Figure 1: Balance of payments: current account
  • The current account deficit increased to R110bn in Q2.17 from R91bn in Q1.17. Expressed as a percentage of GDP, the deficit widened to 2.4% from 2.0%. The outcome contrasts with market expectations of a narrowing in the deficit to 1.9% of GDP. 
  • The widening occurred primarily on account of an increase in the net service, income and current transfer payments deficit to R175bn from R149bn in the prior quarter, or to 3.8% of GDP from 3.3% of GDP. 
  • The deficits on all three of these components increased in Q2.17, with the largest in net current transfer payments. Specifically, the current transfers deficit rose to R44bn in Q2.17 from R29bn in Q1.17 on “an increase in the amount paid to South Africa’s trading-partner countries in the Southern African Customs Union at the commencement of the 2017/18 fiscal year”, according to the SARB.
  • The net income payments deficit rose to R124bn from R116bn in Q1.17, as the drop in dividend receipts from abroad exceeded the decline in dividend payments to non-resident investors. 
  • In the quarters ahead, payments linked to portfolio investment by non-residents are likely to remain elevated as portfolio investment totalled R101bn in H1.17 compared to R83bn in H1.16. The SARB noted that the increase has been “driven by a search for yield in emerging markets, including South Africa” with the bulk of foreign interest in debt securities and “to a lesser extent, equity securities”. 
  • The widening in the services deficit from R4bn to R7bn was accounted for by “increased payments of a technical nature in the category ‘other services’.”
  • In Q2.17, the trade surplus increased to R65bn from R57bn in Q1.17 which translated to 1.4% of GDP versus 1.3% of GDP previously. 
  • In terms of trade developments, export growth has consistently exceed import growth since Q2.16. Aggregate global demand conditions and commodity prices have strengthened, aiding SA’s export performance whilst weak domestic consumption and investment demand have compressed import growth.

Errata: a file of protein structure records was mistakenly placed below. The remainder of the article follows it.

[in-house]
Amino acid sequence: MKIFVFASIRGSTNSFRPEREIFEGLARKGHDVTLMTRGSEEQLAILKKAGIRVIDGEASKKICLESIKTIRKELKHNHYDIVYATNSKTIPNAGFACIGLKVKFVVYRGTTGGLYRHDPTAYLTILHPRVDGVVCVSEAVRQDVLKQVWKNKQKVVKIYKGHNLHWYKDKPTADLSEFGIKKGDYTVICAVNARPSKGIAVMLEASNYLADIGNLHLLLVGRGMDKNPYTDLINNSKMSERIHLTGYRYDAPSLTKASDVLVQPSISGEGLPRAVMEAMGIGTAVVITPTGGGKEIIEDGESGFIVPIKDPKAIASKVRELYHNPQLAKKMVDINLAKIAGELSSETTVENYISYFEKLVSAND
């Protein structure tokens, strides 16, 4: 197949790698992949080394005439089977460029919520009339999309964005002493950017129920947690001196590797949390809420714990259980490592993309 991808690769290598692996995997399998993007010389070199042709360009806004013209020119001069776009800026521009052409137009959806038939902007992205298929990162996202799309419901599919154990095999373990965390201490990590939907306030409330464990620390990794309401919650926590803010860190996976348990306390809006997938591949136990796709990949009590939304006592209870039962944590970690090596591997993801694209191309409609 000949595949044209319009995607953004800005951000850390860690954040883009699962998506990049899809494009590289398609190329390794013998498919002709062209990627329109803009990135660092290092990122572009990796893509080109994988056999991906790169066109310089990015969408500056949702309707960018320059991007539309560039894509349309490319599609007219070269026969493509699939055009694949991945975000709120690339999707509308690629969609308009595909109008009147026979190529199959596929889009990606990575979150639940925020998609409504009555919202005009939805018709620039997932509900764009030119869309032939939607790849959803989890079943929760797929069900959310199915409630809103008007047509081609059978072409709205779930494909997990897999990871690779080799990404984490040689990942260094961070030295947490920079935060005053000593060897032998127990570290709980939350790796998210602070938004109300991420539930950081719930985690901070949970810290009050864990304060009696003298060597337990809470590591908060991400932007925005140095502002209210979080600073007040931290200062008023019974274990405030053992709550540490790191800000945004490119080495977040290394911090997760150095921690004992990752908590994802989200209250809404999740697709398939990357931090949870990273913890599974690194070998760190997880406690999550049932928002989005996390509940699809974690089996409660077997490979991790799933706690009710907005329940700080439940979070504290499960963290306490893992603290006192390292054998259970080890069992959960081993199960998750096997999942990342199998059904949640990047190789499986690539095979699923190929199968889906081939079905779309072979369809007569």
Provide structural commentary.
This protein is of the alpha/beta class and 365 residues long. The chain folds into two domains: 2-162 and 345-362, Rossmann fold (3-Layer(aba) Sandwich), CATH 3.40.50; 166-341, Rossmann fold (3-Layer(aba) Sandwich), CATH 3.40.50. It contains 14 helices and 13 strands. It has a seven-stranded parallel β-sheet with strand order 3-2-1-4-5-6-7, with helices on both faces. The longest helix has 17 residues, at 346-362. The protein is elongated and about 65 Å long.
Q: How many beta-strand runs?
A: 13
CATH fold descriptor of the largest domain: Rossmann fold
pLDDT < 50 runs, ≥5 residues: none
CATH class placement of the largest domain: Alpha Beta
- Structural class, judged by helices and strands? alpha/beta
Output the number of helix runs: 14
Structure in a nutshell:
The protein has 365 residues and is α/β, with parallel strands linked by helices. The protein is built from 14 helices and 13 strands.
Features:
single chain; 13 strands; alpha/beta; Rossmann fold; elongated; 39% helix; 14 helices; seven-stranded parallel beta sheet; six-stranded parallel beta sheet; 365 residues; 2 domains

• These trade dynamics are expected to persist in the coming quarters as high frequency global indicators, such as PMIs and global trade, confirm the strengthening of the global synchronised recovery. On the domestic front, import growth is expected to remain suppressed amid depressed consumer and business confidence and the economy is not expected to record more than 0.5% y/y growth in 2017. 
Figure 2: Balance of payments on current account (R’bn seasonally adjusted and annualised)
Figure 3: Real disposable income and consumption expenditure
  • The SARB’s Quarterly Bulletin also provides insight into household sector, in elaboration of the earlier release of the Q2.17 GDP figures by Stats SA.
  • Household consumption expenditure growth rebounded to 4.7% qqsaa from a 2.7% qqsaa decline in Q1.17.
  • In Q2.17, the growth in household spending on durable, semi-durable and non-durable goods increased whilst expenditure on services contracted. 
  • Providing support to consumer spending in Q2.17 will have been the recovery in real disposable income of households from -2.1% in Q1.17 to 4.5% in Q2.17. The SARB notes that the “level of real compensation of employees increased.” This will have partly been a function of the moderation in CPI inflation to 5.3% y/y in Q2.17 from 6.3% y/y in Q1.17. 
  • The measure of household indebtedness declined slightly in Q2.17, with the ratio of household debt to disposable income at 72.6% versus 73.0% in Q1.17. 
  • Despite this decline, household indebtedness remains historically elevated. This, coupled with particularly modest credit extension, weak job prospects in both government and the private sector and depressed consumer confidence are likely to weigh on consumer spending this year. We project household consumption expenditure at 1.0% y/y in 2017 compared to 0.8% growth in 2016.
  • After expanding for two consecutive quarters, gross fixed capital formation declined by 2.6% qqsaa in Q2.17 on account of a contraction in private sector investment, which comprises two-thirds of total investment. The 6.9% qqsaa decline in private sector investment and the 3.1% qqsaa fall in investment by public corporations outweighed the effect of the 12.4% qqsaa increase by general government. 
  • The SARB assessed that “(f)ixed capital formation by the private sector was deterred by subdued domestic demand, ample capacity in some parts of the domestic economy, ongoing political uncertainty, and weak business confidence.”
  • Fixed investment by public corporations contracted for the fourth consecutive quarter, partly as a function of postponed capital projects. Fixed investment by general government continued to be supported by road maintenance and infrastructure.
Figure 4: Private fixed investment and business confidence